U.S. Giving a Lift to Salmon,
by Sam Howe Verhovek
LOWER GRANITE DAM, Wash. -- For roughly half of the millions of salmon born on the Snake River that set out each spring for the Pacific Ocean, the journey past four federal dams is an arduous and often lethal one. They can be whacked to death by giant blades of the dam turbines, knocked out from collisions with concrete spillways, or succumb to a fatal condition not unlike the bends.
The other half of the salmon have a much simpler trip: They get to take the boat.
But this annual free ride, by which the United States Army Corps of Engineers loads the young fish on barges and totes them around the dams, is coming under scrutiny like never before. And for scientists, lawmakers, farmers, fishermen, American Indians, barge shippers, environmentalists and a breathtaking array of other interested parties, the assessment is most likely the key to a momentous decision that will ultimately fall to the Congress: whether to take down the Snake River dams altogether.
The job of protecting the baby salmon, so they can mature and breed, is a remarkable feat of engineering and an expensive -- critics say outlandish -- accommodation to man's demands for electricity.
Thousands of fish a day are diverted to a channel leading to a pipe that runs into troughs downstream of this dam, the first of the four, which is near the Idaho border. Standing by the troughs, a busy assembly line of seasonal workers briefly anesthetizes the salmon and then injects a computer chip the size of a rice grain into their bellies so they can be tracked over the years. They are barged for a 36-hour, 300-mile trip, bypassing the dams on the Snake and four more on the Columbia River. More salmon are collected at two other dams on the Snake and one on the Columbia.
It is all part of the government's bid to keep both salmon and dams -- "to find a way to have our cake and eat it, too," said Jim Anderson, a fisheries professor at the University of Washington.
But with the river's coho salmon already declared extinct, and every other species of Snake River salmon and steelhead now listed under the Endangered Species Act, the once-unthinkable idea of breaching the dams has emerged in several federal studies as the action with the best chance of restoring healthy salmon runs. The Corps of Engineers is to recommend by the end of the year whether to propose such a step.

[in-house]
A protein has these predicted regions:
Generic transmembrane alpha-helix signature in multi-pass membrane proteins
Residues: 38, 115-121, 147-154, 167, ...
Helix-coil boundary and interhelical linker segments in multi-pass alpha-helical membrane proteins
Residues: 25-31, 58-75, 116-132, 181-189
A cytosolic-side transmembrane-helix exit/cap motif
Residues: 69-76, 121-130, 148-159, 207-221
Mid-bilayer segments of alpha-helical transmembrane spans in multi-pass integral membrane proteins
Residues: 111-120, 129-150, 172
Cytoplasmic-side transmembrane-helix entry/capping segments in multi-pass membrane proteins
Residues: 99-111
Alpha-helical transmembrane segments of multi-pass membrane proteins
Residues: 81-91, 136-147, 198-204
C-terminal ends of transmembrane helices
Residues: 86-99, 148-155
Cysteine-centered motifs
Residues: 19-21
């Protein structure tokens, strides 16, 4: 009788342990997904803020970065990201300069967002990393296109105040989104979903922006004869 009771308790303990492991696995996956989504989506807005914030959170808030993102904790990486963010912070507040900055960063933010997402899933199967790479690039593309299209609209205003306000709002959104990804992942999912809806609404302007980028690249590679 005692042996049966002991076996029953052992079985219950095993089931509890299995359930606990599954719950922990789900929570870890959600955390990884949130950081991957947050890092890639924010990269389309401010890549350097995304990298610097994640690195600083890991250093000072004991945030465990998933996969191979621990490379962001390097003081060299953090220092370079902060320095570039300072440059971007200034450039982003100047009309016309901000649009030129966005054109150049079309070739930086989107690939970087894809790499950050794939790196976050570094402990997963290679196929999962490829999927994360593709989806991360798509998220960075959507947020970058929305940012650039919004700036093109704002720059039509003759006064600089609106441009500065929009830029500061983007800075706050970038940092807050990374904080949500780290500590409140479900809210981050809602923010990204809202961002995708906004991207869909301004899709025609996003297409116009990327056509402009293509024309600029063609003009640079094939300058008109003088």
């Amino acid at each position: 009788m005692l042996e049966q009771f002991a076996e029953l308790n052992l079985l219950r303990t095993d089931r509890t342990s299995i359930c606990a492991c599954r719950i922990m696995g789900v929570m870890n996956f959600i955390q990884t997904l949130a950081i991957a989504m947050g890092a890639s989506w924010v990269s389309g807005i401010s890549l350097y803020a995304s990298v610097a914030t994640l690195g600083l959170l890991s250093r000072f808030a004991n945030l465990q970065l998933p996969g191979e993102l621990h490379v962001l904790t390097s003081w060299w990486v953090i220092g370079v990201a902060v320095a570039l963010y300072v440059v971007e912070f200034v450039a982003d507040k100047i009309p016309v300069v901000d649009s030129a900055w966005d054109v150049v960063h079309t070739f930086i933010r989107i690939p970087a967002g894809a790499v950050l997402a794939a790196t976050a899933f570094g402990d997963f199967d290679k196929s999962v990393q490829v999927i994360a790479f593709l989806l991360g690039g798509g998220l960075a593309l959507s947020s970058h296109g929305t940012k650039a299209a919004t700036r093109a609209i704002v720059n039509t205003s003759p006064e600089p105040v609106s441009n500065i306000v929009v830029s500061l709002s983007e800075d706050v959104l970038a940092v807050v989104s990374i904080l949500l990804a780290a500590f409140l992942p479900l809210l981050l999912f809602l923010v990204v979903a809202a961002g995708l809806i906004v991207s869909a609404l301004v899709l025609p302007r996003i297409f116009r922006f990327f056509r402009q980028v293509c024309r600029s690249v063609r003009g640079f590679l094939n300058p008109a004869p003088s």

Breaching the dams is bitterly opposed by many people as an assault on the area's agricultural economy, and the proposal has already emerged as a hot-button issue in the Northwest in this year's presidential race. Gov. George W. Bush of Texas vowed in the primary campaign here never to allow the dams to be breached, while Vice President Al Gore, part of an administration that is intensely debating the issue, has taken no public position.
Breaching the dams would mean removing the earthen parts and restoring a 140-mile section of the Snake to its wild, free-flowing condition, thus making salmon barging both impossible and unnecessary. It would also mean that the 4 percent of the electricity the dams provide in the Northwest would have to be supplied by other sources.
The cost of the 20-year-old barging program for juvenile salmon, known as smolts, is just part of more than $3 billion the government has spent over that period trying to save salmon on the Snake and Columbia Rivers.
The barging program is derided by critics as a "techno-fix" that harms fish, interfering with their natural migration rhythms, causing them to die early, and perhaps interfering with their fabled and mysterious ability to find their way back home to spawn in their native river after spending years and traveling thousands of miles in the Pacific Ocean, as far north as Alaska.
Supporters of barging defend it as a kind of magic solution that could allow the salmon and the dams to coexist. And the National Marine Fisheries Service, one of several federal agencies that must weigh in on the fate of the dams, recently said that a decision on breaching could be put off for 5 to 10 years if barging was continued and other aggressive conservation measures undertaken.
So far, however, the results are hardly encouraging. While a corps brochure boasts that the barging system is "custom-made to make the trip as safe and comfortable as possible," and while 98.5 percent of smolts survive the trip, the salmon themselves remain in decline.
In most recent years, just 0.5 percent to 1 percent of all Snake River salmon have made it out to the ocean and all the way back, jumping through a ladder system that bypasses the dams, to their original spawning grounds. That is much less than the roughly 4 percent that scientists say the salmon stocks would need to recover fully.